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I have a class library which is called through COM from a Third Party RAD application (Omnis Studio), the library provides .NET functionality such as a SQL/Web Service bridge. I've had to add further methods to display a WPF form which fires events back to the original application.

This all works fine, the project has to be a class library and could not be an executable which meant that I cannot select a manifest for the project in the Application Options Tab. The main problem I have now is that without the piece of XML below in my manifest file I cannot get the modern windows dialog buttons so the buttons in message boxes look somewhat antiquated.

<!-- Enable themes for Windows common controls and dialogs (Windows XP and later) -->


So is there a way that I can achieve the same effect from having those lines in the manifest file but performed by bespoke code in an entry point into the class library?




To add clarification for Rahmound's comment:

I don't think you understood the question. Firstly I made no mention of this being a Windows Form application, there are zero Windows Forms assembly references in the project, only WPF presentation assemblies. The project has to be a class library as the THIRD party application (which is a C++ unmanaged application) can only consume .NET class libraries, there was a need to display a very custom form, this could be achieved in the current project and I chose WPF because that's where most of my desktop app skills lie and it suited WPF's databinding model. We are very pleased with the end result, the only issue I have is with my application needing to use XP+ themed Windows controls, if that section above is not in the app.manifest then instead message boxes use the old style OK, Cancel buttons which is not in keeping with all other buttons I have in my application.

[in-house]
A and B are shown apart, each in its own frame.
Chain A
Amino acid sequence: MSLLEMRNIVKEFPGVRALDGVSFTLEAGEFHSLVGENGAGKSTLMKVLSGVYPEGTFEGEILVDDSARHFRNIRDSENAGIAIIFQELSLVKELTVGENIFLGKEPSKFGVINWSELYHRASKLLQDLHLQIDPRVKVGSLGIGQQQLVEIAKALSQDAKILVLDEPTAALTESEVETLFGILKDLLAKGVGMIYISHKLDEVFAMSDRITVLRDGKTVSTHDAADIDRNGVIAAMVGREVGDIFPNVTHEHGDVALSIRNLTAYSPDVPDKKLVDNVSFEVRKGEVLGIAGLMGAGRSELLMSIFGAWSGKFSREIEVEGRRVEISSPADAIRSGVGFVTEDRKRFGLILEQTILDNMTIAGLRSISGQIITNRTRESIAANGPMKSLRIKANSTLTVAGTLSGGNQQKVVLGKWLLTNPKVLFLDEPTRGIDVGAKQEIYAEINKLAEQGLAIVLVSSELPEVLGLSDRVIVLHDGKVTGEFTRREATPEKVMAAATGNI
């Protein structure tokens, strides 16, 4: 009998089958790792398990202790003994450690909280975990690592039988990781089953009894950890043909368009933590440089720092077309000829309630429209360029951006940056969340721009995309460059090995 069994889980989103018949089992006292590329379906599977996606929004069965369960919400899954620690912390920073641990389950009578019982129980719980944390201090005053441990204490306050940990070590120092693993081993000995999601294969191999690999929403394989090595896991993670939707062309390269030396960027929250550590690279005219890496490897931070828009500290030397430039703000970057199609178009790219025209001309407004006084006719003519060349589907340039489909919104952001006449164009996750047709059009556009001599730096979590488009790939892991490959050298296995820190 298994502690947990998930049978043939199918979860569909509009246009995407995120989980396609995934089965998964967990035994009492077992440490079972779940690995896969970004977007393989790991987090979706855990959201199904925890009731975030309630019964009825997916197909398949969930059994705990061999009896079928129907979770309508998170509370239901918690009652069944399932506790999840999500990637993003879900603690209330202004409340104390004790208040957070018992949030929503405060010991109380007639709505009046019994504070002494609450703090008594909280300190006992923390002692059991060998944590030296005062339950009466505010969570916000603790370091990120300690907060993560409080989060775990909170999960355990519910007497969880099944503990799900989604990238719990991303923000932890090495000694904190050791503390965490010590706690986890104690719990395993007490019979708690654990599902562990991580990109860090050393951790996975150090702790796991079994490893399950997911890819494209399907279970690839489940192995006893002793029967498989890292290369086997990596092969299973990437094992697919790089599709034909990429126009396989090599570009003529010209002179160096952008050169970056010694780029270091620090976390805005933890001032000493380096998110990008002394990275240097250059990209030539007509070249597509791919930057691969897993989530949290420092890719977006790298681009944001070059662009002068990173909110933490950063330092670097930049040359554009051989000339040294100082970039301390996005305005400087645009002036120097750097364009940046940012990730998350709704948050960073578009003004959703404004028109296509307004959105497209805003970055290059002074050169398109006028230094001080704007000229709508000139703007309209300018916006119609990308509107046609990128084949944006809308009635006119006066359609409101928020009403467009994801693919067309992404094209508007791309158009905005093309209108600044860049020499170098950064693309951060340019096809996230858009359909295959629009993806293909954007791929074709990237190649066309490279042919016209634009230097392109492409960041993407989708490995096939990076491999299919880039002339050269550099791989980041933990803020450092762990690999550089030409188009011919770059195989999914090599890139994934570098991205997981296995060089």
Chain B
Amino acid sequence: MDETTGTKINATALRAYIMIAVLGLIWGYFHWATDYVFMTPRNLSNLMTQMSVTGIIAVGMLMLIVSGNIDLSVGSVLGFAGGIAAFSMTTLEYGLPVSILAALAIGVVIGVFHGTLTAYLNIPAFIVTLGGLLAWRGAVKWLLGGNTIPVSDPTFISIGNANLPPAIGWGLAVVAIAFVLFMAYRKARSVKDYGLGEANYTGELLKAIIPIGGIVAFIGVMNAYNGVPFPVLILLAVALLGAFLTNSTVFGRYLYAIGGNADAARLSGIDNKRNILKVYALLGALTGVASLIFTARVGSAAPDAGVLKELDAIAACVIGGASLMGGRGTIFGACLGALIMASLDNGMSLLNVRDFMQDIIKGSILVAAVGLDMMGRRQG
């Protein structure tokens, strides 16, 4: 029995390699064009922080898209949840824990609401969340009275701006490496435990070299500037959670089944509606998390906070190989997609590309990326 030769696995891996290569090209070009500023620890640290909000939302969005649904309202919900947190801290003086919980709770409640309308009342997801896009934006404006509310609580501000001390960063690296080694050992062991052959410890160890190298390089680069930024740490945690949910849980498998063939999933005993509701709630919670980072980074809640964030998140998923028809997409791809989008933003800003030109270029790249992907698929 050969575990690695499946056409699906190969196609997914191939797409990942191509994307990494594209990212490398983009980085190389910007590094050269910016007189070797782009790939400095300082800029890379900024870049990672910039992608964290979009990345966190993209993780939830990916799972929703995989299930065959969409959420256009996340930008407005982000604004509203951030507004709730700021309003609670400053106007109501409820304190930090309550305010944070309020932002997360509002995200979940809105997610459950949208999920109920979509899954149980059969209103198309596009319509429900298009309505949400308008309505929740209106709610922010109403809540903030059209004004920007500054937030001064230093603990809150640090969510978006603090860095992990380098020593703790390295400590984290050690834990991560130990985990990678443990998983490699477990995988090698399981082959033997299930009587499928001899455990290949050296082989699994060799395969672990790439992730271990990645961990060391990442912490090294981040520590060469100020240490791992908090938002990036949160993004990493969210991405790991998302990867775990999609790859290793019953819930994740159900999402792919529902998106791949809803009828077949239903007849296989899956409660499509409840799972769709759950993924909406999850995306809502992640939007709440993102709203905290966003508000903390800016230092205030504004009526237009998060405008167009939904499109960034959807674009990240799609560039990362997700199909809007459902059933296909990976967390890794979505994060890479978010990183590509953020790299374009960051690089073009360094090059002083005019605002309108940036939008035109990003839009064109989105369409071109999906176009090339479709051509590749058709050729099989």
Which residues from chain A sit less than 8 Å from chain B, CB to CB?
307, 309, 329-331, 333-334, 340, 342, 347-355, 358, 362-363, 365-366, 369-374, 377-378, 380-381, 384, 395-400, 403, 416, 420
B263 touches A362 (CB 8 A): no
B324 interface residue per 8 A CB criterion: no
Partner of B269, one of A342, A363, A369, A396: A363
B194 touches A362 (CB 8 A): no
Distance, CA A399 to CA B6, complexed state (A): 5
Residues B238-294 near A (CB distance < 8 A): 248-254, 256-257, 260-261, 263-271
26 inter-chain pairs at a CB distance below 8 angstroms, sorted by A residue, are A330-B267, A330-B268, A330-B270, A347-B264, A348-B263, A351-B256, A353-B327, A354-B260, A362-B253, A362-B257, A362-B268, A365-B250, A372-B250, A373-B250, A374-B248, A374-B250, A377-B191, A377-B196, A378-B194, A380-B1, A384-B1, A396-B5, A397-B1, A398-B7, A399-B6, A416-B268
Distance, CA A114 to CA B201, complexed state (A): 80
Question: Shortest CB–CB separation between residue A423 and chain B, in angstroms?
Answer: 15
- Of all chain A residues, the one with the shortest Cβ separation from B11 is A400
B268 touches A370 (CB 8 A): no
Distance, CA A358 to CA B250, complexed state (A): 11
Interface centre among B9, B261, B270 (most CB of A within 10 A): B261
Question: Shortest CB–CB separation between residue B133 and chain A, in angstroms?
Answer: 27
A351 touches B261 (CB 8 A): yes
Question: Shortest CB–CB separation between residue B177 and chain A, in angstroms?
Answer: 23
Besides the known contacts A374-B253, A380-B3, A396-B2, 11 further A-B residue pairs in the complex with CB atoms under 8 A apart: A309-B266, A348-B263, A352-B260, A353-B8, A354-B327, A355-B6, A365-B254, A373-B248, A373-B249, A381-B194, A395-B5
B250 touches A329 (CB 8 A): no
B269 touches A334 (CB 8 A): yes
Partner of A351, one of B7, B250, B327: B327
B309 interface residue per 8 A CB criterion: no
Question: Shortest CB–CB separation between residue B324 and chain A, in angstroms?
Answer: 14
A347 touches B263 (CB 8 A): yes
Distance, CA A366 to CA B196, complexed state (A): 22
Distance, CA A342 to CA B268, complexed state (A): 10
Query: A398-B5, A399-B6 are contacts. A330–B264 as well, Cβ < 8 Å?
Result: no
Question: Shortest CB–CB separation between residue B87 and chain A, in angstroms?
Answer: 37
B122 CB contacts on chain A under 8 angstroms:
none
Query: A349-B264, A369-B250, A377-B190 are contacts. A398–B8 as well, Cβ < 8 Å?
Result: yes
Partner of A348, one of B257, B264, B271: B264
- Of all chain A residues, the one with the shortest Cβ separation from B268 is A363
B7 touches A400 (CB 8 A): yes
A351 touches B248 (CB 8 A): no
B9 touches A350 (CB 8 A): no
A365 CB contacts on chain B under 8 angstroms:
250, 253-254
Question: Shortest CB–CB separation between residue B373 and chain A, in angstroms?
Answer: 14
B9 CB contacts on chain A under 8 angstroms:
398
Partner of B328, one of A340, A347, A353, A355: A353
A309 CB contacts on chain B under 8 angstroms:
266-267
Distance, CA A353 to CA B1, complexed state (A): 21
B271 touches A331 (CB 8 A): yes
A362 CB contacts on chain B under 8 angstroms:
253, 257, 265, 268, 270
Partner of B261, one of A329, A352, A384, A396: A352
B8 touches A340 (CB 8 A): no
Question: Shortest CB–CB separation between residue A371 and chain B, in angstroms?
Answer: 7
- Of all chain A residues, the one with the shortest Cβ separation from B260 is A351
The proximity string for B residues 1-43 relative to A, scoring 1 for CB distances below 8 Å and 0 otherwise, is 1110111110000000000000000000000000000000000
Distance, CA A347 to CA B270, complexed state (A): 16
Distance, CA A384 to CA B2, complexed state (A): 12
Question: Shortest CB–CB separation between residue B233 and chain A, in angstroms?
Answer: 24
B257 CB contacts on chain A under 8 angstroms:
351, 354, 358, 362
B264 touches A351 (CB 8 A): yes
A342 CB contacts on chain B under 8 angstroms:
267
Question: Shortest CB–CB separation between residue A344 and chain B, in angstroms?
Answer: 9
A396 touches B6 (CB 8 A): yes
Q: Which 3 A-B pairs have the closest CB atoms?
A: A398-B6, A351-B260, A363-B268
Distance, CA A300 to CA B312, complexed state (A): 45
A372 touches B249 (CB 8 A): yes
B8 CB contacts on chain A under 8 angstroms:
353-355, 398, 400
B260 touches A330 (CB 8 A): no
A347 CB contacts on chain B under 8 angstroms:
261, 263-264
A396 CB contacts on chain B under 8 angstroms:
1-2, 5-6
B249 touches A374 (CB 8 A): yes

This question explains the message box problem

What I need is to be able to achieve the same thing but without having the embedded app.manifest.

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Why did you use WPF when the rest of your application is Windows Forms? Furthermore if you needed a "class library" why did you use create a WPF application to begin with? I should add that you can host WPF content within a Windows Form. – Ramhound Mar 8 '12 at 17:38
@Ramhound I've appended to my question with further information. – Paulie Waulie Mar 9 '12 at 8:58
The manifest in the main EXE selects the visual style used in all the app's windows. Including yours. This is an odd problem to have in a WPF app, styling is its middle name. Create your own MessageBox, I guess. – Hans Passant Mar 9 '12 at 9:15
@HansPassant Thanks for the suggestion, it is an odd scenario but as is often the case the business needs defy standard logic, I was actually thinking this morning of doing that or maybe use the WPF Extended ToolKit. – Paulie Waulie Mar 9 '12 at 9:21
up vote 0 down vote accepted

I couldn't solve this and time was running out, following on from Hans suggestion I ended up using the Extended WPF Toolkit as I also wanted to use other controls such as the ColourPicker.

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